Most Americans Can't Watch Net Video
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With President Clinton's grand jury testimony being broadcast on the Web yesterday, Internet sites were bracing for enormous amounts of traffic, as was the case when the Starr report was released.
But reports show that most Americans tuned into old-fashioned television to see the president squirm, largely in part due to technological limitations.
Measurement firm Media Metrix reported that only 25% of computer users have the appropriate technology to watch videos on their computers, and of those who can access video, most receive a very slow, small, and crude video image.
Seventy million Americans have home PCs, according to Media Metrix, but only 17.4 million users own the hardware and software to view Web video in real time.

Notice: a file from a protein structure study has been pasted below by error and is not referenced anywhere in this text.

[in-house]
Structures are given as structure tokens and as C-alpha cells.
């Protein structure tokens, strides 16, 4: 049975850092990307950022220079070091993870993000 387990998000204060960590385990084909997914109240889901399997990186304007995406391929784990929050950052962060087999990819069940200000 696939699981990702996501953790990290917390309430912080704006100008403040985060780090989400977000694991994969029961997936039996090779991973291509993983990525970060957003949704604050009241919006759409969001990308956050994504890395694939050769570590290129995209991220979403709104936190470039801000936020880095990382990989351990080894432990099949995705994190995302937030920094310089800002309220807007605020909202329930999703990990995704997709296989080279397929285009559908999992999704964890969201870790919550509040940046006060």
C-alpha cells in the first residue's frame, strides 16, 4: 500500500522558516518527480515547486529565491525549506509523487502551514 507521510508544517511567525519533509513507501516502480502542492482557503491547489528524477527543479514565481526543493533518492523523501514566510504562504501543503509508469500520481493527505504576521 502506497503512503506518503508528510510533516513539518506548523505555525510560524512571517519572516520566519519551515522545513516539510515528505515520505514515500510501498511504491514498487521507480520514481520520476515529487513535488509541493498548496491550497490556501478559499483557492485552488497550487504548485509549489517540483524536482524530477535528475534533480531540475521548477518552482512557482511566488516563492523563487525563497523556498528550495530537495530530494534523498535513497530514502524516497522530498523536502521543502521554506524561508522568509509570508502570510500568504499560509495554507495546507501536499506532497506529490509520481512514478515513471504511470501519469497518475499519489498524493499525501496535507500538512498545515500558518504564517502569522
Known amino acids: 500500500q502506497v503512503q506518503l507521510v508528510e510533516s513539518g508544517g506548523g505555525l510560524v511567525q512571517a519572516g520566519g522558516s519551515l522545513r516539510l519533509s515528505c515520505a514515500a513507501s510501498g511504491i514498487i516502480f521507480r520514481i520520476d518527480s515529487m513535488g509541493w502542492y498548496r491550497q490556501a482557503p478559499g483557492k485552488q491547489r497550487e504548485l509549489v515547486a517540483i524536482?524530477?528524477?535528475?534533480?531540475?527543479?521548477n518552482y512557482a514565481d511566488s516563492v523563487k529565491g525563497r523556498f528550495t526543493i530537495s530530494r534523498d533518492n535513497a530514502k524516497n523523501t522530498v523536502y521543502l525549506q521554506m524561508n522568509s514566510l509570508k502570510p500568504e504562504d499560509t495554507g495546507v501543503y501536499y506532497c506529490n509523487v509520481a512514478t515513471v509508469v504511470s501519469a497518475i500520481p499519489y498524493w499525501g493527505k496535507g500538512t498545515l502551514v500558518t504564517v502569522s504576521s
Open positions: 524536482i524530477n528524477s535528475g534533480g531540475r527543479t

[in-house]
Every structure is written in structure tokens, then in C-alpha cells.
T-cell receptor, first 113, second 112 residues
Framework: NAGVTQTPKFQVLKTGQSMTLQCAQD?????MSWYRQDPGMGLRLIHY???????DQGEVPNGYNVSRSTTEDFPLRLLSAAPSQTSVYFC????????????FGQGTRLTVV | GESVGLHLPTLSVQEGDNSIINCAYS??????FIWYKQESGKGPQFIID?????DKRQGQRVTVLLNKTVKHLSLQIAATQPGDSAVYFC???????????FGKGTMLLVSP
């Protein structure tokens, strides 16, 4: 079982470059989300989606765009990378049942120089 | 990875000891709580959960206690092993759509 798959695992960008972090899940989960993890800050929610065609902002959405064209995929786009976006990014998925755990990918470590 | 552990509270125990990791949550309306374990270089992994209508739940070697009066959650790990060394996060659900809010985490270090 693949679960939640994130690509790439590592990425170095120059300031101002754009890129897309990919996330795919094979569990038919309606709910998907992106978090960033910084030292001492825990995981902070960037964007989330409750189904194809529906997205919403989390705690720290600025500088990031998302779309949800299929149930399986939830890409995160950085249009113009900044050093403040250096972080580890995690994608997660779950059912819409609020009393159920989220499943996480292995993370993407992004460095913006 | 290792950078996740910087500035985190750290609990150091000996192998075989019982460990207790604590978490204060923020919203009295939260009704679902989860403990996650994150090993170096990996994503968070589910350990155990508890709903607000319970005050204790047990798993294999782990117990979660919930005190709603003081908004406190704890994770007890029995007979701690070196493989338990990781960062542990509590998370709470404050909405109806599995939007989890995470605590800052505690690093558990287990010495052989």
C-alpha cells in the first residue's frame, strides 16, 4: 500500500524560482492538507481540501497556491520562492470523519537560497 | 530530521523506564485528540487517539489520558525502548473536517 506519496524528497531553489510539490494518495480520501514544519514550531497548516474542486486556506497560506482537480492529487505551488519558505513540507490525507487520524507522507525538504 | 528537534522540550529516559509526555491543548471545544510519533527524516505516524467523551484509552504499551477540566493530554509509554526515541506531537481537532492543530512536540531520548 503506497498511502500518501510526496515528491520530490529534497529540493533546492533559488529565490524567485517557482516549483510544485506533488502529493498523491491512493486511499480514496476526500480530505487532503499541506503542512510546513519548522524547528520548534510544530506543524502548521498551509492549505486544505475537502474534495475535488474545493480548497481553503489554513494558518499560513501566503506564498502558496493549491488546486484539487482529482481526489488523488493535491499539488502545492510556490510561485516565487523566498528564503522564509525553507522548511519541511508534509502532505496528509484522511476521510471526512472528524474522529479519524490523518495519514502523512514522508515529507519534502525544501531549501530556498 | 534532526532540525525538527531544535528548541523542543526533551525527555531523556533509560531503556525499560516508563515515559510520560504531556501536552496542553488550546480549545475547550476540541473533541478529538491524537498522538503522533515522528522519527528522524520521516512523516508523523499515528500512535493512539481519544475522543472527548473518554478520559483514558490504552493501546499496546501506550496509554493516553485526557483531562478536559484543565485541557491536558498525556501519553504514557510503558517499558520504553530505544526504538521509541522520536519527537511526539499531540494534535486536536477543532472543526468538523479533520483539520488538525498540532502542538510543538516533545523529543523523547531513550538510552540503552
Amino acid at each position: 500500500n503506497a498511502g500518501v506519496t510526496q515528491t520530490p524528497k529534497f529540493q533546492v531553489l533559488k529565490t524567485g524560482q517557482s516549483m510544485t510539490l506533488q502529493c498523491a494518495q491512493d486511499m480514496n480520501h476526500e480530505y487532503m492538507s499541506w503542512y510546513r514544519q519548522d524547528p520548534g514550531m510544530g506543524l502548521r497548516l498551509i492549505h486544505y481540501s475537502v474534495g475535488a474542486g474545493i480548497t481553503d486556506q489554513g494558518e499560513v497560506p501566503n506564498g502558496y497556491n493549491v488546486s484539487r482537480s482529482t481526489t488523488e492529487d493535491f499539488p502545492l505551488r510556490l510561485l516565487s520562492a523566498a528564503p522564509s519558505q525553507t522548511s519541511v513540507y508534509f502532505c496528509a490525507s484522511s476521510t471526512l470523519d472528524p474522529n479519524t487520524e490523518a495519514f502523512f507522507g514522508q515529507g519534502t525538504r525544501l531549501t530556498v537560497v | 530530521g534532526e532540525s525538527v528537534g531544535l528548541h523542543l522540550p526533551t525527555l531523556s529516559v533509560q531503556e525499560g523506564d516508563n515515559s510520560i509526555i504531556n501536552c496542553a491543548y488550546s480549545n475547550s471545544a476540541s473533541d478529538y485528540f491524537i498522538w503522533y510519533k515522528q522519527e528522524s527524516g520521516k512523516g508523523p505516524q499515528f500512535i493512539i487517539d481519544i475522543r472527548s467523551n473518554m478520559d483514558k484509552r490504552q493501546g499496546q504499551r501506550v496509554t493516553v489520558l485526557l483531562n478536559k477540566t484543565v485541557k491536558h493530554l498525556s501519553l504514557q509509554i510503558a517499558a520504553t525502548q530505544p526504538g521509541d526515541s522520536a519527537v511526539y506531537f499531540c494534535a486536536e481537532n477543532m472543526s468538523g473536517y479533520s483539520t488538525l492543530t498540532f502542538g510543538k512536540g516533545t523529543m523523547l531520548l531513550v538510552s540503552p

"While an unprecedented number of Americans now have access to computers, not all are equipped with the latest video viewing tools or high-speed connections that make video viewing practical," said Mike Watters, CEO of Inverse Network Technology, in a statement.
He added that Internet Service Providers also can be a hindrance.
"Given the lack of massive and cheap bandwidth, the Internet is not as well suited for quality video, so people were much more apt to rely on the extensive TV coverage that many stations provided."
Even with the limitations, though, Internet sites like broadcast.com and CNN.com reported record video streams of the president's testimony. InterVU Inc., which delivered the broadcast to CNN, reported over 500,000 total video streams yesterday.